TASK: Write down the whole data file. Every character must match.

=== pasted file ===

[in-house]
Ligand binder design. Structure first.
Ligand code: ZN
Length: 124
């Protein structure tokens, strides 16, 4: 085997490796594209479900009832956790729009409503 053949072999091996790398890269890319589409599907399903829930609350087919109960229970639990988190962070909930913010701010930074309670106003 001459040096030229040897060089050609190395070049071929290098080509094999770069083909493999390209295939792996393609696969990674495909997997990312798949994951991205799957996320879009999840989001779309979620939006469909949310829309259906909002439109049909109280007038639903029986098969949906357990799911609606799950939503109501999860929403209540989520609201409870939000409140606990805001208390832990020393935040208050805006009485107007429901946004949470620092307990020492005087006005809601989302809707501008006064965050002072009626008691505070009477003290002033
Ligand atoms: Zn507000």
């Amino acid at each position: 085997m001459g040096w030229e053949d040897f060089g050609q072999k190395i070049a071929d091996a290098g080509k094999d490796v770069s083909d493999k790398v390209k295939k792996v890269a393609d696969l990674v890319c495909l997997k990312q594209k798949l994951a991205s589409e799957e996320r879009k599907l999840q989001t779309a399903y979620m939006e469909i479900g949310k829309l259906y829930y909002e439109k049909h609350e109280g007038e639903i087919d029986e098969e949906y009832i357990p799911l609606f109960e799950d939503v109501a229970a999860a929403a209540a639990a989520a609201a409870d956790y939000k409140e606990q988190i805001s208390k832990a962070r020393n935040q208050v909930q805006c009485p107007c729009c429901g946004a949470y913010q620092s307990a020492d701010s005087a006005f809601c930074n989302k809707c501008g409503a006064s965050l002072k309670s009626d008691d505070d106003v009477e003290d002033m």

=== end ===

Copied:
[in-house]
Ligand binder design. Structure first.
Ligand code: ZN
Length: 124
């Protein structure tokens, strides 16, 4: 085997490796594209479900009832956790729009409503 053949072999091996790398890269890319589409599907399903829930609350087919109960229970639990988190962070909930913010701010930074309670106003 001459040096030229040897060089050609190395070049071929290098080509094999770069083909493999390209295939792996393609696969990674495909997997990312798949994951991205799957996320879009999840989001779309979620939006469909949310829309259906909002439109049909109280007038639903029986098969949906357990799911609606799950939503109501999860929403209540989520609201409870939000409140606990805001208390832990020393935040208050805006009485107007429901946004949470620092307990020492005087006005809601989302809707501008006064965050002072009626008691505070009477003290002033
Ligand atoms: Zn507000």
């Amino acid at each position: 085997m001459g040096w030229e053949d040897f060089g050609q072999k190395i070049a071929d091996a290098g080509k094999d490796v770069s083909d493999k790398v390209k295939k792996v890269a393609d696969l990674v890319c495909l997997k990312q594209k798949l994951a991205s589409e799957e996320r879009k599907l999840q989001t779309a399903y979620m939006e469909i479900g949310k829309l259906y829930y909002e439109k049909h609350e109280g007038e639903i087919d029986e098969e949906y009832i357990p799911l609606f109960e799950d939503v109501a229970a999860a929403a209540a639990a989520a609201a409870d956790y939000k409140e606990q988190i805001s208390k832990a962070r020393n935040q208050v909930q805006c009485p107007c729009c429901g946004a949470y913010q620092s307990a020492d701010s005087a006005f809601c930074n989302k809707c501008g409503a006064s965050l002072k309670s009626d008691d505070d106003v009477e003290d002033m």